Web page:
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New Research Seeks Breakthrough in Understanding Global Warming and the Ocean

Youth host Jay Matsushiba, in Vancouver, participating in a beach clean-up with Tanya Otero of the Great Canadian Shoreline Clean-up. Credit: Nick Hawkins/Ocean Frontier Institute

Youth host Jay Matsushiba, in Vancouver, participating in a beach clean-up with Tanya Otero of the Great Canadian Shoreline Clean-up. Credit: Nick Hawkins/Ocean Frontier Institute

SYDNEY, Jul 19 2023 (IPS) - The Canada-based Ocean Frontier Institute is very clear about the significance of a new collaborative ground-breaking ocean research program. Global warming cannot be effectively tackled, and human life cannot survive on Earth without the ocean.

The ocean covers more than 70 percent of the planet’s surface and absorbs 25 percent of carbon dioxide emissions from the atmosphere, yet there is a critical lack of understanding about the changes occurring in the seas as greenhouse gas emissions increase.

“The ocean has absorbed 90 percent of the excess heat from the atmosphere, but will that continue? We know the ocean is a big factor in climate, but we need a much better level of detail to understand how the ocean is functioning now and how will that change in the future.” Dr Anya Waite, CEO and Scientific Director of the Ocean Frontier Institute told IPS.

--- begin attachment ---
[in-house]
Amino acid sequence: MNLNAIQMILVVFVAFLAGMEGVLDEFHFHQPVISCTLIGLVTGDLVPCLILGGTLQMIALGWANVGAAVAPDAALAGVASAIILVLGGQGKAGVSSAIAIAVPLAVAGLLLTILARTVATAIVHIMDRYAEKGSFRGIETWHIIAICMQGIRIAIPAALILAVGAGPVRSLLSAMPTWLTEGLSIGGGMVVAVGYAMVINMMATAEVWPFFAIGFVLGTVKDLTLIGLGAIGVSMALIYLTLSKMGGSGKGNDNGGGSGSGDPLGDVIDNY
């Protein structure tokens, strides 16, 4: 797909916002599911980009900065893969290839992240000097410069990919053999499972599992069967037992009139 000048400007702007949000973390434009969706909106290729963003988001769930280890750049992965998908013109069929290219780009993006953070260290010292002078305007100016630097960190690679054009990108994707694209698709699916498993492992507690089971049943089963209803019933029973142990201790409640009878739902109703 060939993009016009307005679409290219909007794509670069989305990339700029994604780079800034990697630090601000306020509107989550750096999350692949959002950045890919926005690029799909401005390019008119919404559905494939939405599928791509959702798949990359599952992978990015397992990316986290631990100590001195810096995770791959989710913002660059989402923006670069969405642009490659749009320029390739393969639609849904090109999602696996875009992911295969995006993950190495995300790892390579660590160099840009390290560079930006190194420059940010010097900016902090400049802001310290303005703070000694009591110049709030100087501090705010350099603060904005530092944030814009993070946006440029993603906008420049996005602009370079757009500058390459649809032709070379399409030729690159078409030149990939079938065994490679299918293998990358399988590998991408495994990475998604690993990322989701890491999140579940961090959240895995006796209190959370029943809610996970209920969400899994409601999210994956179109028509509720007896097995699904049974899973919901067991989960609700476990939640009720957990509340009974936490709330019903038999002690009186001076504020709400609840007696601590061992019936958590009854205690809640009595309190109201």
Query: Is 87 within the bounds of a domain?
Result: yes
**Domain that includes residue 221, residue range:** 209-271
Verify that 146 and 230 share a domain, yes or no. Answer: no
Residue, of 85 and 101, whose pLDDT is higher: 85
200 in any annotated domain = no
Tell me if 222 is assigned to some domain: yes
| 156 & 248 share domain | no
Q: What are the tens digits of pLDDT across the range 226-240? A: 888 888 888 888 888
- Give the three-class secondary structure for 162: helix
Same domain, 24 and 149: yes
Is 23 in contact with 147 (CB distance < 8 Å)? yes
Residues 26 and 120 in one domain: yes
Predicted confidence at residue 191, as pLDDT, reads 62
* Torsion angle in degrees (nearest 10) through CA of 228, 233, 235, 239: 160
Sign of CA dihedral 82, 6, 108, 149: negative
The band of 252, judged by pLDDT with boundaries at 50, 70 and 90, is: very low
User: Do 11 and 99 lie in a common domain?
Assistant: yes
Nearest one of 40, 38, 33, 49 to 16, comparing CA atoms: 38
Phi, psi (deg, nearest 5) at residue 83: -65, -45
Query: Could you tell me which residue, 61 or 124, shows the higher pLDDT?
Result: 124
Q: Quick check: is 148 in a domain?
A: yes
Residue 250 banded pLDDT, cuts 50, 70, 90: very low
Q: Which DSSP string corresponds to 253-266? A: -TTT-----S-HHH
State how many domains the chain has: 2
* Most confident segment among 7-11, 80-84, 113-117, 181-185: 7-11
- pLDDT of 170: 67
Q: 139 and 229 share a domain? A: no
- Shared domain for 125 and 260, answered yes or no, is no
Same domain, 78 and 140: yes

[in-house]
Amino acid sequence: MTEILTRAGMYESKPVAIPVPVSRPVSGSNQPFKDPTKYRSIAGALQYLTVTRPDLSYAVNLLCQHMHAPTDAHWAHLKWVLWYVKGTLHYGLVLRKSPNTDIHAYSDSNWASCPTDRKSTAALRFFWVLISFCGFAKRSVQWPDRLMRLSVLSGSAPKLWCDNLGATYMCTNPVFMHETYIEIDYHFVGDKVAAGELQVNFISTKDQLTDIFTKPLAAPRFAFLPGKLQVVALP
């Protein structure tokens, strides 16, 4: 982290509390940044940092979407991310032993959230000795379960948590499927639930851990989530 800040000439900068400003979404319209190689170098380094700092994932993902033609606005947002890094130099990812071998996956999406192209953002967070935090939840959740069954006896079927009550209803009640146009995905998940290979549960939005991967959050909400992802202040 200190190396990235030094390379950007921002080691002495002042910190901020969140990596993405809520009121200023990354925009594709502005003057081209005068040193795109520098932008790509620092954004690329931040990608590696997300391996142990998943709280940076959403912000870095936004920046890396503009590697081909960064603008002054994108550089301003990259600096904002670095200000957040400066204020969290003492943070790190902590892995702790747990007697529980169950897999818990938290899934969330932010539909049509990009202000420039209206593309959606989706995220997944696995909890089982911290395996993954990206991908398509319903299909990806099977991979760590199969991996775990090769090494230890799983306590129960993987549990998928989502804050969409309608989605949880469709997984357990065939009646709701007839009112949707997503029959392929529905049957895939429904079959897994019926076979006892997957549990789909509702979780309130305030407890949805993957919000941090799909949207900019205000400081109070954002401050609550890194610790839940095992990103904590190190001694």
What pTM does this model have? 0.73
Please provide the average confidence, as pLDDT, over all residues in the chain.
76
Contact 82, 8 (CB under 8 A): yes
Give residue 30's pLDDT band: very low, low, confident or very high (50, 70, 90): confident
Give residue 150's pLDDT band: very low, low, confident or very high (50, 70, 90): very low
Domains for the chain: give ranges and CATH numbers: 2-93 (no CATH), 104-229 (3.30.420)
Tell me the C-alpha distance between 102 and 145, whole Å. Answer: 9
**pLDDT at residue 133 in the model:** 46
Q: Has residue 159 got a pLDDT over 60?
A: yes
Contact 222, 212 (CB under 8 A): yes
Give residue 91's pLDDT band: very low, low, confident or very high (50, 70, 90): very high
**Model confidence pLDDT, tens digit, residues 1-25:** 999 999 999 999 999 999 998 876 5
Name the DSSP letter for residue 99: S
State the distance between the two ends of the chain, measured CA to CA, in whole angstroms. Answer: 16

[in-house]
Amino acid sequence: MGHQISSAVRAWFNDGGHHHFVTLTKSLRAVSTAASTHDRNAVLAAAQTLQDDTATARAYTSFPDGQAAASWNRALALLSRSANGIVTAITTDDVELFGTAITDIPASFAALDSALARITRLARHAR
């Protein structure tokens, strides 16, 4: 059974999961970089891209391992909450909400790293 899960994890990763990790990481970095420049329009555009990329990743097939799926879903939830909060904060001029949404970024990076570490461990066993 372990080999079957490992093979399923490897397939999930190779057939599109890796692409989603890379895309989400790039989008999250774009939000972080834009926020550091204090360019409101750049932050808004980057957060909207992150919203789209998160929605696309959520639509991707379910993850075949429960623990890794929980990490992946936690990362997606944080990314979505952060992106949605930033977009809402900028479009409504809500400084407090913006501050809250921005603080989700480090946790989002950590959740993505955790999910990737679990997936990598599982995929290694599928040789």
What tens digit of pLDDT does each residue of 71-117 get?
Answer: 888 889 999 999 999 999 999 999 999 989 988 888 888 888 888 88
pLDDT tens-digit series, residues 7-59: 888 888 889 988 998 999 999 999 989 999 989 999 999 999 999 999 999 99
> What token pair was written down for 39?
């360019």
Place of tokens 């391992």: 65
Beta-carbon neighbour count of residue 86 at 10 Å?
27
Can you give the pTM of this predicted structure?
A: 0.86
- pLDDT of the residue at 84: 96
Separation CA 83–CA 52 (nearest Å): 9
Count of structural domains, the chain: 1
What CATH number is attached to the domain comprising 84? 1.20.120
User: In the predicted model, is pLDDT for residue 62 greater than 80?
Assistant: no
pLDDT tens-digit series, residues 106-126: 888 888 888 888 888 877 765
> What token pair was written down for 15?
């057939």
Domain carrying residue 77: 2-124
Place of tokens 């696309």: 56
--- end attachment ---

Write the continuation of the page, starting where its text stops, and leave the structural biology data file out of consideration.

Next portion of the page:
The Institute was established by Dalhousie University, Nova Scotia, on Canada’s east coast in 2015 to accelerate global leadership in ocean research with a focus on the North Atlantic Ocean and Arctic Gateway. On 12 May 2023, it launched the Transforming Climate Action (TCA) research initiative with its academic partners, Université du Québec à Rimouski and Université Laval in Quebec and Memorial University in Newfoundland and Labrador.

The Institute describes it as “the most intensive investigation ever into the ocean’s role in climate change.” And it seeks both knowledge breakthroughs and climate action solutions in association with Indigenous communities, including the Mi’kmaq people, custodians of indigenous land and knowledge on Canada’s Atlantic coast.

Youth host Jay Matsushiba, in Vancouver, participating in a beach clean-up with Tanya Otero of the Great Canadian Shoreline Clean-up. Credit: Ocean Frontier Institute

Youth host Nesha Ichida gathering fish samples in Raja Ampat, Indonesia. Credit: Nick Hawkins/Ocean Frontier Institute

“Our relationship with the ocean is an ancient one built on balance, respect, and knowledge passed down from generation to generation,” stated Angeline Gillis, Executive Director of the Confederacy of Mainland Mi’kmaq, at the program’s launch. “It will provide a unique opportunity to bring together our common experiences and understandings of the ocean in a partnership that will ensure we move towards a sustainable future for our children.”